You do realize that while we have a high MARGINAL corporate tax rate of 35%, compared to the rest of the world, we have one of the lowest actual corporate tax rates? Corporations use so many loopholes to reduce their actual taxes paid that of all developed nations, only Iceland has a lower effective tax rate based on paid corporate taxes as a percentage of GDP?

RE: I'm sorry I forgot....
By intelcpu on 10/24/2011 12:19:16 PM , Rating: 2
Yes you are arguing well but the point in aspects of wealth especially in manner of global unequal labor incomes is a totally different.
Lets go to an auto dealer in Palo Alto to buy a fuel efficient car. Now to support the US economy you may be favoring a US manufacturer but it really does not matter which brand you are buying, since the supply chain for manufacturing a auto is global. Parts are made all over the world and mostly not in the US-Europe. The good news is that it doesn’t matter which company or which brand will get your money if the value is added in the USA than the local economy will benefit from it. We are talking about value added chains.

Recently china is opting for developing its human resources capabilities. If they are able to change the value adding chain in favor of themselves then we are going have a problem especially for the US- Europe labor with a mid-income.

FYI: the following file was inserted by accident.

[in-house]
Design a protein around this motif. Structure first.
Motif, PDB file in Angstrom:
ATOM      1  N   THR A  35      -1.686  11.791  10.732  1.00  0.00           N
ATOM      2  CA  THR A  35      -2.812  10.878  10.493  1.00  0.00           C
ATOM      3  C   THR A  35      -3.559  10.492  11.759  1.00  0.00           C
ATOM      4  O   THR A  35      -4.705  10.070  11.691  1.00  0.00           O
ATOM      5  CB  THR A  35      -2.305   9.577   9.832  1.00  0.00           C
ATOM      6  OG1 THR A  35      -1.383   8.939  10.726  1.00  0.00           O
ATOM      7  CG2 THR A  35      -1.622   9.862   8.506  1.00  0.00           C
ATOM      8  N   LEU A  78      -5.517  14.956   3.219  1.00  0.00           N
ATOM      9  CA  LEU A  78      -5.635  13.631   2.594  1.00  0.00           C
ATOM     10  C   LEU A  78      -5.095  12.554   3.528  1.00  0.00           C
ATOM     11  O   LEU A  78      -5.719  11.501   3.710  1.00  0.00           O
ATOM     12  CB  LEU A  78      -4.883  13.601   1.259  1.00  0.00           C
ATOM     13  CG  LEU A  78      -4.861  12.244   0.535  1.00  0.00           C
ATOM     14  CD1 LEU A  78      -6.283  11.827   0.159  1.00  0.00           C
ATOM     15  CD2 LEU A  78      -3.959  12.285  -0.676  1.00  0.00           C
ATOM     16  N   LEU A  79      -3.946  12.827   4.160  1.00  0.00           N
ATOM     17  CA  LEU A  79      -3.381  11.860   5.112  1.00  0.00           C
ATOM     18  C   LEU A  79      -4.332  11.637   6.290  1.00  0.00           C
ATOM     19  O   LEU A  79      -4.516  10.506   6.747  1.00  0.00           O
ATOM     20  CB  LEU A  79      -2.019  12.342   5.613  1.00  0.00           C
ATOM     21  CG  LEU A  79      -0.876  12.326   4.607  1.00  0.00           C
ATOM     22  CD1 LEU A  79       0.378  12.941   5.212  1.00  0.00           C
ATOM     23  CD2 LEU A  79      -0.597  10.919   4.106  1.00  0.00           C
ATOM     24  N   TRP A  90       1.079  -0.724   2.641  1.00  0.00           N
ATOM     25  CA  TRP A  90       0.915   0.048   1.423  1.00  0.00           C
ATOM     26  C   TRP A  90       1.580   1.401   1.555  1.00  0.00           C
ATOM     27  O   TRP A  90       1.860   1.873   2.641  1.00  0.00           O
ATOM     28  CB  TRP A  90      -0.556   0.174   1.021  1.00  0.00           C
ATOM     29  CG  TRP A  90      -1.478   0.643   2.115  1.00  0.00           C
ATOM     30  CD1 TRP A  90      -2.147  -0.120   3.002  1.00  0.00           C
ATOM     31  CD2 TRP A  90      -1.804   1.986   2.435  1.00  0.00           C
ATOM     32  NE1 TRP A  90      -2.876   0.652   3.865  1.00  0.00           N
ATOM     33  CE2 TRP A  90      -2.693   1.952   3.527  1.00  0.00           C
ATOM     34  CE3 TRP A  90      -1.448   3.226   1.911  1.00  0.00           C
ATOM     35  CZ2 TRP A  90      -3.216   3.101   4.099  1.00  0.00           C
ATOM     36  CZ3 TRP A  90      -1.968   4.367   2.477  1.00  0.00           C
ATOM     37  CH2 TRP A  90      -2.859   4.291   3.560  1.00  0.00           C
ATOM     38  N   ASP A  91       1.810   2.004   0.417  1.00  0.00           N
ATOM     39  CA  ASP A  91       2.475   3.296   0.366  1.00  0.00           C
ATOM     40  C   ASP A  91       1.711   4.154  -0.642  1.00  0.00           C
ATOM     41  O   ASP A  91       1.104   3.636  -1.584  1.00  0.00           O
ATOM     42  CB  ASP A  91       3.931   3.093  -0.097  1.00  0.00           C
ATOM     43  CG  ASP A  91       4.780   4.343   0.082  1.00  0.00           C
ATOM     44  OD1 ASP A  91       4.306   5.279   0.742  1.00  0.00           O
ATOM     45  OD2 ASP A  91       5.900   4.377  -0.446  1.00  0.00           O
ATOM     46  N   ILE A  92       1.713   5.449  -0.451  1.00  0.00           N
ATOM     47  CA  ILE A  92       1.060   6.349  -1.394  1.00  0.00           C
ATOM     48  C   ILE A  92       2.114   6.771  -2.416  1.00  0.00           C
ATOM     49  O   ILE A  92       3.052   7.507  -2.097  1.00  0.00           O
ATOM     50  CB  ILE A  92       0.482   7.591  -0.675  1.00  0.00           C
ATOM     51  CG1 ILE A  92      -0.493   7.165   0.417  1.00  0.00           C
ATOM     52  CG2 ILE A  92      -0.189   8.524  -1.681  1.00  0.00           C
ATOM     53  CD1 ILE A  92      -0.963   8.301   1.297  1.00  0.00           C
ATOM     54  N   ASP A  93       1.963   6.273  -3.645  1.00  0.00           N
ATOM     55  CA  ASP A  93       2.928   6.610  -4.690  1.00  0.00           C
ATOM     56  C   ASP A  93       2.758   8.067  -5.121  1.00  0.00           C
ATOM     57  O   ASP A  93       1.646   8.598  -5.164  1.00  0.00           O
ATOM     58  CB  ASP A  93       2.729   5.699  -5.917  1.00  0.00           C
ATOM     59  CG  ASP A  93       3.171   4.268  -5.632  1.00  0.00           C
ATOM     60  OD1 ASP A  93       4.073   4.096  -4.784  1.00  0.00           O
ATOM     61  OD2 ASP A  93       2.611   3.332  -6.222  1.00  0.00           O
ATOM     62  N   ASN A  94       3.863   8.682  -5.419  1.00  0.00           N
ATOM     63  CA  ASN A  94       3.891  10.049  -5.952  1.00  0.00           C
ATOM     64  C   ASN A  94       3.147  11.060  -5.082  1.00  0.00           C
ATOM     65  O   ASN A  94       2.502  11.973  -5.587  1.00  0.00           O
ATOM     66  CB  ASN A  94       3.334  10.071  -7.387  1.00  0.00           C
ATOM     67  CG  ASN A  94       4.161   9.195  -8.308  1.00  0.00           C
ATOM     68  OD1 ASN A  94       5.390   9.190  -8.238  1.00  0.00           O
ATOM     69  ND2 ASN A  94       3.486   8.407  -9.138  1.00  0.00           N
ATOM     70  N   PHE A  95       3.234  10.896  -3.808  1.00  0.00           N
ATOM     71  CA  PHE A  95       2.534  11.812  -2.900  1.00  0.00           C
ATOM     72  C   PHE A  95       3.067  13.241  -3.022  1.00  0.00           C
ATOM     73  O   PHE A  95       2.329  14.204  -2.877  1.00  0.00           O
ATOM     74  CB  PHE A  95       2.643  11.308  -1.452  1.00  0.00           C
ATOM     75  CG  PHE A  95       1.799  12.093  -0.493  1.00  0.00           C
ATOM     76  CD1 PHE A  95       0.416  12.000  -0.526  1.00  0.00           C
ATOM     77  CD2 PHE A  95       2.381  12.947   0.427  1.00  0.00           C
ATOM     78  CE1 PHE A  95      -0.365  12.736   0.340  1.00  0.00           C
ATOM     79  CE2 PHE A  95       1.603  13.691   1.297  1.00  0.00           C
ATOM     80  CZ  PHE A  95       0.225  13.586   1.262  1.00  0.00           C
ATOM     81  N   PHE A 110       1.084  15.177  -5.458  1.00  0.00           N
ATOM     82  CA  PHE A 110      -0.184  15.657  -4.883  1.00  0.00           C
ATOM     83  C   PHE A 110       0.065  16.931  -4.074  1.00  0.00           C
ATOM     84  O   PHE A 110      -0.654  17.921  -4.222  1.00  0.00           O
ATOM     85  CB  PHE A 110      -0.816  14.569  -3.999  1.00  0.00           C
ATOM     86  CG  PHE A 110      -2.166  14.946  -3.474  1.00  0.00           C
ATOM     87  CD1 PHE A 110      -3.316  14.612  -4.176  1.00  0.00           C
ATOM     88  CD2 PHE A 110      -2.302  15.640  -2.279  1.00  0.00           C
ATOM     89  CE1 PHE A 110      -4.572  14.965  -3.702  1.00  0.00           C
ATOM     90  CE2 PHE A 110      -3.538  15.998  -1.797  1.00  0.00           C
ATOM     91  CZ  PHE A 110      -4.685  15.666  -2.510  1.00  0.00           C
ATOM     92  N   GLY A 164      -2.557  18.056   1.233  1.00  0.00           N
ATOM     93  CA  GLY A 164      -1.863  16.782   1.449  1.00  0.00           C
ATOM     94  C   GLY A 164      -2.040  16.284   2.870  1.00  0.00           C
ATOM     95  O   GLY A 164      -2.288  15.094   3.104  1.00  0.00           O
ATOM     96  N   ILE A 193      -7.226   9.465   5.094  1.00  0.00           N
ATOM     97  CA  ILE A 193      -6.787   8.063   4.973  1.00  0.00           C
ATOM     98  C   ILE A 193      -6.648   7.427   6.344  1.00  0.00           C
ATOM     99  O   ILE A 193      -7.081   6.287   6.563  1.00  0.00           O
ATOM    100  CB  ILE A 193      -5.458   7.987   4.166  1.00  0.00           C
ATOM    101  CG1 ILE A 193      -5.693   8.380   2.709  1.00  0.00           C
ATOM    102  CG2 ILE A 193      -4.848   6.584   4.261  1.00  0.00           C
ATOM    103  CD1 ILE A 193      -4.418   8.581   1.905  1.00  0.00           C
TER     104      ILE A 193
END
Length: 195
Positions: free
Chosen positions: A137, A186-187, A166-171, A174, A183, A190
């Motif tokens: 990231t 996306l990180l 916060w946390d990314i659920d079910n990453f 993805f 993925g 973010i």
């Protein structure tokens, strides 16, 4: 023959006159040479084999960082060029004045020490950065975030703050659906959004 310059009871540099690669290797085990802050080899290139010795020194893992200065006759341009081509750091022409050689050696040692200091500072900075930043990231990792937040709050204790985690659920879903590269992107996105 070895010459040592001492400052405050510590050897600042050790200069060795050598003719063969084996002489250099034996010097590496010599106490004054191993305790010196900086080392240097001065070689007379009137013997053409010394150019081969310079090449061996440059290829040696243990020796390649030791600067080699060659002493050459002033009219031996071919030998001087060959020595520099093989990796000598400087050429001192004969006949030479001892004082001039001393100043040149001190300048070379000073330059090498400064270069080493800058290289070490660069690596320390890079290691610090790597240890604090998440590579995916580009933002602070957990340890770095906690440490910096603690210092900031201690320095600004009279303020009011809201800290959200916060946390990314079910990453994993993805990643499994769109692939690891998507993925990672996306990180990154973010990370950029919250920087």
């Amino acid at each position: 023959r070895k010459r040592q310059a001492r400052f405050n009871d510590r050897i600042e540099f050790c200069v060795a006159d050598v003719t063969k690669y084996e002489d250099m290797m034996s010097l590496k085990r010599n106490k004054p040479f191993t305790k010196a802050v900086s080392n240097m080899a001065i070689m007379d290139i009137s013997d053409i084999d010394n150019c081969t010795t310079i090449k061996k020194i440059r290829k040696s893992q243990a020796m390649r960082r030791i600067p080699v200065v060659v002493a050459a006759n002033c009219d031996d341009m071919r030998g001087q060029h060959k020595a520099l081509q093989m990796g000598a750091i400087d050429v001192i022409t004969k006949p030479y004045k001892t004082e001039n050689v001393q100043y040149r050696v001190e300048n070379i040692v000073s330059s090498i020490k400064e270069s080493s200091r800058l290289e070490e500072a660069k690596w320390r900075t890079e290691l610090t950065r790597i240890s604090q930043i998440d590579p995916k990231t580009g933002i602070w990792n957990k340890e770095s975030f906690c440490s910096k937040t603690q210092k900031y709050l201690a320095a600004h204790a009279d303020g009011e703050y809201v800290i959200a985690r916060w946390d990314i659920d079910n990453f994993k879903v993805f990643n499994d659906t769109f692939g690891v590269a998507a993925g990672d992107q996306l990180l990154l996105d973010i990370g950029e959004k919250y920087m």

RE: I'm sorry I forgot....
By Divide Overflow on 10/27/2011 7:26:04 PM , Rating: 2

RE: I'm sorry I forgot....
By dew111 on 10/28/2011 5:22:26 PM , Rating: 2
"If wages were locked for life there would be no inflation"

False. In a perfect system this might be true, but in our system, companies and individuals strive for more wealth. This leads to price increases of certain goods which then affects prices of other goods and so on. Your ideals, or anyone else's for that matter, are not going to change this. Unions keep rich management from screwing over the working people--the people who make up the group of consumers who are generally buying the most products. Less wealth for the masses ultimately leads to an economic collapse and/or revolution. Rich people would do well to observe the historical lesson illustrated by France's Bastille Days.

"We don't know how to make a $500 computer that's not a piece of junk." -- Apple CEO Steve Jobs